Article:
Bel Air splashes to team title

February 20, 1994|By John W. Stewart | John W. Stewart,Sun Staff Writer

The girls set three records and the boys contributed three double-winners as Bel Air breezed to its fourth consecutive team title in the Harford County swimming championships at Magnolia Middle School last week.

The Bobcats totaled 531 points, trailed by Fallston, 403; C. Milton Wright, 372; and John Carroll, 317 in the 10-school field.

Katy Novotny's two record-setting races, a double by Paige McCarthy and a win in the 100 breaststroke and a leg on a winning relay by senior Brad Snyder helped Fallston to its highest finish in school history. The two girls are 14-year-old freshmen.

Havre de Grace, which showed steady improvement through the weather-interrupted season, also had its best finish and earned its first medals. The Warriors more than doubled their team score of a year ago, going from 121 to 246 (ninth to sixth place), and freshman Tom Davies collected two seconds.

Novotny lowered her own marks in the 100 freestyle and 100 backstroke, as did Bel Air's Kathy Rising in the 100 breaststroke. The other two records were by the Bel Air team of Rising, Jamee Eben, Jenn Murach and Anna DeMott in the 200 medley and 400 freestyle relays.

Erik Jankowiak, Jeff DeHart and Dan Machovec each won two individual races and swam on two winning relays to help increase the 100-point margin the girls turned over to them.

"Each title is a new experience," Bel Air coach Jeff DeMott said. "This time, we got special leadership from our seniors [DeMott, Eben, Murach, Jankowiak, Mike Shaffer and Jeff Uttenreither]. They worked hard and got the others fired up. The rest of the team benefited by what they did in the water, too, because they were able to back up what they had been talking about."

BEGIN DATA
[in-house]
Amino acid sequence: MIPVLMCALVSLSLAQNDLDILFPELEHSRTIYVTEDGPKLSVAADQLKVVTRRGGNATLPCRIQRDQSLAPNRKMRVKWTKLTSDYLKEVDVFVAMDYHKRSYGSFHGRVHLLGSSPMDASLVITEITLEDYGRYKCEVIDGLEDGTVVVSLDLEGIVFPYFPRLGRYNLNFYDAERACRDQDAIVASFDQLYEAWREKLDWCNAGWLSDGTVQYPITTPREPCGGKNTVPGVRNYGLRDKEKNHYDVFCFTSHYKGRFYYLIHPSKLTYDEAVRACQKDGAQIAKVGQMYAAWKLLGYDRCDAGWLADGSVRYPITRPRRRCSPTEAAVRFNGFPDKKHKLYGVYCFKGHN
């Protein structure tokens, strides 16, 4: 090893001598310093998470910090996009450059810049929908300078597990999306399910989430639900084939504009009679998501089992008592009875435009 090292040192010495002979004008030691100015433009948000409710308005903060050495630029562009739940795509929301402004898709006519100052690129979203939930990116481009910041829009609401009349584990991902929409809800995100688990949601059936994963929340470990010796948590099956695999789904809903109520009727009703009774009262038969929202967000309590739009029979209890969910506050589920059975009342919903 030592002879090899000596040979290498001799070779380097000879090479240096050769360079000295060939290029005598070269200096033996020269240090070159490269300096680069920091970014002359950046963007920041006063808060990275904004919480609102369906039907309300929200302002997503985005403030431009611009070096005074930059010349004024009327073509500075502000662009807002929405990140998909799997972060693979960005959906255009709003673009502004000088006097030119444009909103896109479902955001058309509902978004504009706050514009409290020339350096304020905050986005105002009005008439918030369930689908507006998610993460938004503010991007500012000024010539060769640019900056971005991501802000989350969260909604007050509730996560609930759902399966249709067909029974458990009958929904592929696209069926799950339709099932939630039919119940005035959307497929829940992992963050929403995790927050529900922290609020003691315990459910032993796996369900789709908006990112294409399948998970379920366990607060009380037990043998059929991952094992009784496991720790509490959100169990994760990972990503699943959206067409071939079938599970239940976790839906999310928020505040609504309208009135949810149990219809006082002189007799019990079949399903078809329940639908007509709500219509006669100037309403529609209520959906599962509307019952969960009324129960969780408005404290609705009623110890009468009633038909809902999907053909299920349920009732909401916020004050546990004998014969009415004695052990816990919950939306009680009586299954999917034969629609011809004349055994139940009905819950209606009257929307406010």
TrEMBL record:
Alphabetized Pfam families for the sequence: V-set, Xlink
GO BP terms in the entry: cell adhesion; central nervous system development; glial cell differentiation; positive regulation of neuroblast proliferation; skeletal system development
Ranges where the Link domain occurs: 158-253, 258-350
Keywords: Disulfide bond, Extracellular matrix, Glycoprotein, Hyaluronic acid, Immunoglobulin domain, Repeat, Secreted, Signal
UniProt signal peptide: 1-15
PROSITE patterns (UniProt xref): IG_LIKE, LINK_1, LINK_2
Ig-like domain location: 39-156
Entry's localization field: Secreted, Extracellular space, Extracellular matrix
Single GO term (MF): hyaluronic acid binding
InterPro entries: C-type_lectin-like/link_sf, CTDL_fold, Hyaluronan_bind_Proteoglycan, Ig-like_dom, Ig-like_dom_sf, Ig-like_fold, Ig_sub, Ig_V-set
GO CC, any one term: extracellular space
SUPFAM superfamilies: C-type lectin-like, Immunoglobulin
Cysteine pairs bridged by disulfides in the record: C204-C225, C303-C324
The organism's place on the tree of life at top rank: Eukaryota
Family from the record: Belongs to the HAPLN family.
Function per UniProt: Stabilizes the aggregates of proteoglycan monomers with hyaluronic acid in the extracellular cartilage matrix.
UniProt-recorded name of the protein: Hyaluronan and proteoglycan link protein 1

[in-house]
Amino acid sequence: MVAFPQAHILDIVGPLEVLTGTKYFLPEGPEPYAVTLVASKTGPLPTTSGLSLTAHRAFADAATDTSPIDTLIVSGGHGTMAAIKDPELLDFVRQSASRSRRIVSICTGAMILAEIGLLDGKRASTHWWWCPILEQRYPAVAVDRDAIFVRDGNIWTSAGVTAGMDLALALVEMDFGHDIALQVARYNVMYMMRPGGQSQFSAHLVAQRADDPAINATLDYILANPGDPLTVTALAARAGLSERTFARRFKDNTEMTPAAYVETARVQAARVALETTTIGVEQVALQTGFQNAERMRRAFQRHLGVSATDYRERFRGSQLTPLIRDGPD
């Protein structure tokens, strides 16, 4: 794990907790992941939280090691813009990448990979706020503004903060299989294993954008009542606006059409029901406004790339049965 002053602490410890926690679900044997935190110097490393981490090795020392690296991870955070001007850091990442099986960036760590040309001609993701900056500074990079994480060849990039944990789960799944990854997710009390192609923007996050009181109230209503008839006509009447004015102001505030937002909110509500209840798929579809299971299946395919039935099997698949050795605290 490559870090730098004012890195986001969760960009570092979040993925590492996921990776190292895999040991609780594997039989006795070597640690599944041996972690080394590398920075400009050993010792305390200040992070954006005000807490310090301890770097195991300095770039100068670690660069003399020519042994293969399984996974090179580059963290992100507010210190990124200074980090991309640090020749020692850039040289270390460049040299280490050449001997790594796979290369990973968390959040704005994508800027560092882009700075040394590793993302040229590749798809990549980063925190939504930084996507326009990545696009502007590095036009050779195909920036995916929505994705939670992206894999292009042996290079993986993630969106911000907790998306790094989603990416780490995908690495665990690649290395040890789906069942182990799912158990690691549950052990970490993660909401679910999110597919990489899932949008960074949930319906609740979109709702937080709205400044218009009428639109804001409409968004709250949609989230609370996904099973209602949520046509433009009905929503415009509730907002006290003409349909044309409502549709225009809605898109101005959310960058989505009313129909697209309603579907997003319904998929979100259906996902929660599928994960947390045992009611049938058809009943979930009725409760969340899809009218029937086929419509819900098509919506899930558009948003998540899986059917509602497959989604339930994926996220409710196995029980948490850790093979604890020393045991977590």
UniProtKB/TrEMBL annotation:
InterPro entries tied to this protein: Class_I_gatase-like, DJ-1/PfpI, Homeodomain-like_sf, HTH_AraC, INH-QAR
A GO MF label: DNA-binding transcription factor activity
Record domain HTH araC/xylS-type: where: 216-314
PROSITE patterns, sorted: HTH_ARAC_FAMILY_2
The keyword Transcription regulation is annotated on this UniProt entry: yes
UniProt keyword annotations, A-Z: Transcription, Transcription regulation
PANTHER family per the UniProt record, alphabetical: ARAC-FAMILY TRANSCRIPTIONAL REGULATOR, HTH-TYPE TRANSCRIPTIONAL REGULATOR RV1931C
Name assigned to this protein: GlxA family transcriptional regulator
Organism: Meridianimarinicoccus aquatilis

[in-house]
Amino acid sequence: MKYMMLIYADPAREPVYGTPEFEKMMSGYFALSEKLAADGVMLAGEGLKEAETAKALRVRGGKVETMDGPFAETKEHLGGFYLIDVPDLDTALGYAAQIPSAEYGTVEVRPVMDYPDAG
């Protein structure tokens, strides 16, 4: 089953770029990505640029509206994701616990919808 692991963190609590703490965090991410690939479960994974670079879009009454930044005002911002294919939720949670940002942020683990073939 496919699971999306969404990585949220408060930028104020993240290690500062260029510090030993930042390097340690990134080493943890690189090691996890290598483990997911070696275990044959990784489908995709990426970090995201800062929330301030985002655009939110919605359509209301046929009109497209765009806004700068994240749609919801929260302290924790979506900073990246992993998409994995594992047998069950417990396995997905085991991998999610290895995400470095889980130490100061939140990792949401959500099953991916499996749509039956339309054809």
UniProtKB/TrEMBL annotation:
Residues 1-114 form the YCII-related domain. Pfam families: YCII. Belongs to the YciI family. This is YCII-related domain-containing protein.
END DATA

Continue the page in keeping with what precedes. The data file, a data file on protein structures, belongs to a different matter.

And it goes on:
This marked the first time the girls and boys swam on separate nights, and after experiencing some problems and making changes after the girls program, the boys events went much smoother.

Whereas the girls swam three or four events, then got a break for medal ceremonies, the boys medals were awarded after each event, and, coupled with breaks, it stretched the program enough to give the multi-event swimmers recovery time.

Eben, a senior, had developed an upper respiratory infection earlier in the week, and said she felt weak on her opening relay leg. With about two minutes in between, she tried to come right back in the 200 freestyle, but couldn't stop coughing and dropped out in mid-race.

Thirty minutes later, she had recovered to the point where she won the 100 butterfly, beating runner-up Michelle Marsillo, an Edgewood sophomore by nearly a full second.

Edgewood senior Melissa Marzicola also had problems, as she placed sixth in the 100 butterfly and had about two minutes before she went back on the block for the 500 freestyle. She finished fifth, opening a body length on Irene Cronk with two laps to go and holding off the Fallston challenger, but she was spent.

The best girls race was the 100 free, where Novotny was fresh, going against four (of the other five) entries who were doubling back from the 50 freestyle two races earlier. Cindy Cattell, an Aberdeen freshman, was seeded fifth in the 50 and closed fast to get second, and in the 100 back, she was fourth at the 50 and charged home to get second.

The 100 time of 52.66, one of three county records owned by Novotny, qualified her for USSwimming's short-course Junior Nationals next month.

Among the boys, Jankowiak, saying he felt the pressure as top seed in the 50 and 100 freestyle races, pulled both out at the wall.

"I got a good swim in the [opening medley] relay and that gave me a boost," he said of posting his fastest times in winning the two events.

DeHart, a junior, said, "Winning the 100 butterfly and 100 backstroke capped a season where I surpassed all my goals." His 59.89 was his best 100 backstroke time.

Of Machovec, a sophomore, who won the 200 and 500 freestyles, DeMott said, "Although Erik remained the real senior leader, when Jeff Warwick left the team in midseason, Dan took on extra responsibilities himself. He wasn't asked to, he simply did it.

"It was that sort of teamwork, as well as the individual efforts, that made this a championship team."

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